Songwriter and composer Alec Wilder created many works in jazz, pop, and classical music ranging from ballads to operas. Born in Rochester, NY, in 1907, Wilder studied at the Eastman School of Music. His first successful song was "All the King's Horses" for the 1930 Broadway production Three's a Crowd, and he received more attention as the decade progressed with compositions that combined jazz and classical. During the 1940s, Wilder wrote many songs that would become standards and more high-profile numbers like "J.P. Dooley," recorded by Harry James, and Benny Goodman's version of "All the Cats Join In," used in Disney's 1946 animation Make Mine Music. In all, he composed over 200 songs, some of the most popular being "Soft As Spring," "Winter of My Discontent," "Lonely Night," "Milwaukee," "Good for Nothin'," "Sing Our Song of Love," "While We're Young," "Kalamazoo to Timbuktu," "Goodbye John," and "At the Swing Shift Ball." Wilder also wrote some unusual songs, such as "Amorous Poltergeist," and "Neurotic Goldfish," that his octet recorded in the late '30s and early '40s for the Brunswick and Columbia labels, among others. His classical output included a ballet, called Juke Box, and several operas, concertos, and sonatas. Wilder also wrote books during the 1970s, including the well-respected American Popular Song.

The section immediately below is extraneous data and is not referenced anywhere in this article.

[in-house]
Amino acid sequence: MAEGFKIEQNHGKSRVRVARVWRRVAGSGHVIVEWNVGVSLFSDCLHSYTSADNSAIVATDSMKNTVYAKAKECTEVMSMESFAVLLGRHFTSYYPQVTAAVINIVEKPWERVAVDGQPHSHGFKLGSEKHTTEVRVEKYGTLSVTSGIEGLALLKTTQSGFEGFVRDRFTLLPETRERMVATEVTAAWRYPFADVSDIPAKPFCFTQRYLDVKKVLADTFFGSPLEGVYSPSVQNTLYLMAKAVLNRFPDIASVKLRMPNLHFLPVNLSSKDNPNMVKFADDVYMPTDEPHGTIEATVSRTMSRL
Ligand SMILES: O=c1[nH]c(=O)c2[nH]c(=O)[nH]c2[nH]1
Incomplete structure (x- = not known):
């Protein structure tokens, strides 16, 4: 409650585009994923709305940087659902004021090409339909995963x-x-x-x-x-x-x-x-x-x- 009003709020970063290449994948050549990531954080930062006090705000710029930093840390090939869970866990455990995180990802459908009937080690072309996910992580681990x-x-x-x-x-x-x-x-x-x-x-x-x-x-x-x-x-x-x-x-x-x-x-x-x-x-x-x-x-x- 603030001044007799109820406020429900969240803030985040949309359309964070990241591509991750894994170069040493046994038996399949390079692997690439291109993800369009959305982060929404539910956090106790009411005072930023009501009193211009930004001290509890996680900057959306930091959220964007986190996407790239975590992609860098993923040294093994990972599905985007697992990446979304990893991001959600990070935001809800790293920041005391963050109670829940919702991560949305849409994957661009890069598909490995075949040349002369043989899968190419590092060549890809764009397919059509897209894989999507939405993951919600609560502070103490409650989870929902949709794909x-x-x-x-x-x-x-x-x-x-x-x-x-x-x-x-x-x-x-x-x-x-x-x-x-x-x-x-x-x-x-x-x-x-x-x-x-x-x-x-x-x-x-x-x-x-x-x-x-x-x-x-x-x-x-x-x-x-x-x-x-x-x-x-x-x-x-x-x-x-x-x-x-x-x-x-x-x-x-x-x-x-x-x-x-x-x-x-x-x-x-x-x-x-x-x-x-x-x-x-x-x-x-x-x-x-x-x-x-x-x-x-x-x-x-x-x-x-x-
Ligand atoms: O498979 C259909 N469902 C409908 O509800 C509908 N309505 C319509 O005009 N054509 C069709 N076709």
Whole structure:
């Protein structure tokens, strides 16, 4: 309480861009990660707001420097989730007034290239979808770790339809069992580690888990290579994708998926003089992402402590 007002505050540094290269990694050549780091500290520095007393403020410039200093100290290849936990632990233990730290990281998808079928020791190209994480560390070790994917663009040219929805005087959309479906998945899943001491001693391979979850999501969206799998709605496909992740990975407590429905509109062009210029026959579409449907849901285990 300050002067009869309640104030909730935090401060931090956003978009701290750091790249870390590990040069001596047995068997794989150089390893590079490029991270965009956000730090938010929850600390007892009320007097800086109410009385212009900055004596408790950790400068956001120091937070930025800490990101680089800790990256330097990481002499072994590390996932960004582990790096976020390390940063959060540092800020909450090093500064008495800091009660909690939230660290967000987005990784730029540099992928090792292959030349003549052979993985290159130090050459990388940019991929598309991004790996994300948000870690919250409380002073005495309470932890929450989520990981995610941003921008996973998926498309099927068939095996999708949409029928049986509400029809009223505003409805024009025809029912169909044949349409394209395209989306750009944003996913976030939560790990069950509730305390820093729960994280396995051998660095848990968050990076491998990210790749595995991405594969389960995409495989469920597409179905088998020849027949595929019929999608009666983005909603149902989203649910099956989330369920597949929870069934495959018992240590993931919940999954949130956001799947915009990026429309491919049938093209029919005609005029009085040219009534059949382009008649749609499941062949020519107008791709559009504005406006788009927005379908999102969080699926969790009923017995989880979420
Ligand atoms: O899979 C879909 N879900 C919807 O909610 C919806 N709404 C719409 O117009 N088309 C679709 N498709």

Alec Wilder Biography
by Joslyn Layne